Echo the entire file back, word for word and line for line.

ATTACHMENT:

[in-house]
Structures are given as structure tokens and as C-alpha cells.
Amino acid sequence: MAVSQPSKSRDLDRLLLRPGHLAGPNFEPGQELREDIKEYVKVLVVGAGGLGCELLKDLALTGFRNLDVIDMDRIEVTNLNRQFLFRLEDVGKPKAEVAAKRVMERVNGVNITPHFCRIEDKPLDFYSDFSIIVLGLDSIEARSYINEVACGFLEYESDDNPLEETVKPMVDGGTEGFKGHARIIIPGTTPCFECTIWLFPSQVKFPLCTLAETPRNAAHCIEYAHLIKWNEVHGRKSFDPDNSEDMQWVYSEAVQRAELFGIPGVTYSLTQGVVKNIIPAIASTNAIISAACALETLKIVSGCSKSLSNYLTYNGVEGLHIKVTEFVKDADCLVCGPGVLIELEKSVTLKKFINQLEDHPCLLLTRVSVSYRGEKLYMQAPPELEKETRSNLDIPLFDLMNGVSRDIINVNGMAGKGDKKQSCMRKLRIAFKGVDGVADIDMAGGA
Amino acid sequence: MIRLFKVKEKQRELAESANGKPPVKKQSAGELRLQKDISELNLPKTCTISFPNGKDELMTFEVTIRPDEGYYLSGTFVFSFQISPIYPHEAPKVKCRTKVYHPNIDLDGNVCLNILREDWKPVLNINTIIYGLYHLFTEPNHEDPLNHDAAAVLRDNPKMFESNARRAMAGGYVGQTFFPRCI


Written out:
[in-house]
Structures are given as structure tokens and as C-alpha cells.
Amino acid sequence: MAVSQPSKSRDLDRLLLRPGHLAGPNFEPGQELREDIKEYVKVLVVGAGGLGCELLKDLALTGFRNLDVIDMDRIEVTNLNRQFLFRLEDVGKPKAEVAAKRVMERVNGVNITPHFCRIEDKPLDFYSDFSIIVLGLDSIEARSYINEVACGFLEYESDDNPLEETVKPMVDGGTEGFKGHARIIIPGTTPCFECTIWLFPSQVKFPLCTLAETPRNAAHCIEYAHLIKWNEVHGRKSFDPDNSEDMQWVYSEAVQRAELFGIPGVTYSLTQGVVKNIIPAIASTNAIISAACALETLKIVSGCSKSLSNYLTYNGVEGLHIKVTEFVKDADCLVCGPGVLIELEKSVTLKKFINQLEDHPCLLLTRVSVSYRGEKLYMQAPPELEKETRSNLDIPLFDLMNGVSRDIINVNGMAGKGDKKQSCMRKLRIAFKGVDGVADIDMAGGA
Amino acid sequence: MIRLFKVKEKQRELAESANGKPPVKKQSAGELRLQKDISELNLPKTCTISFPNGKDELMTFEVTIRPDEGYYLSGTFVFSFQISPIYPHEAPKVKCRTKVYHPNIDLDGNVCLNILREDWKPVLNINTIIYGLYHLFTEPNHEDPLNHDAAAVLRDNPKMFESNARRAMAGGYVGQTFFPRCI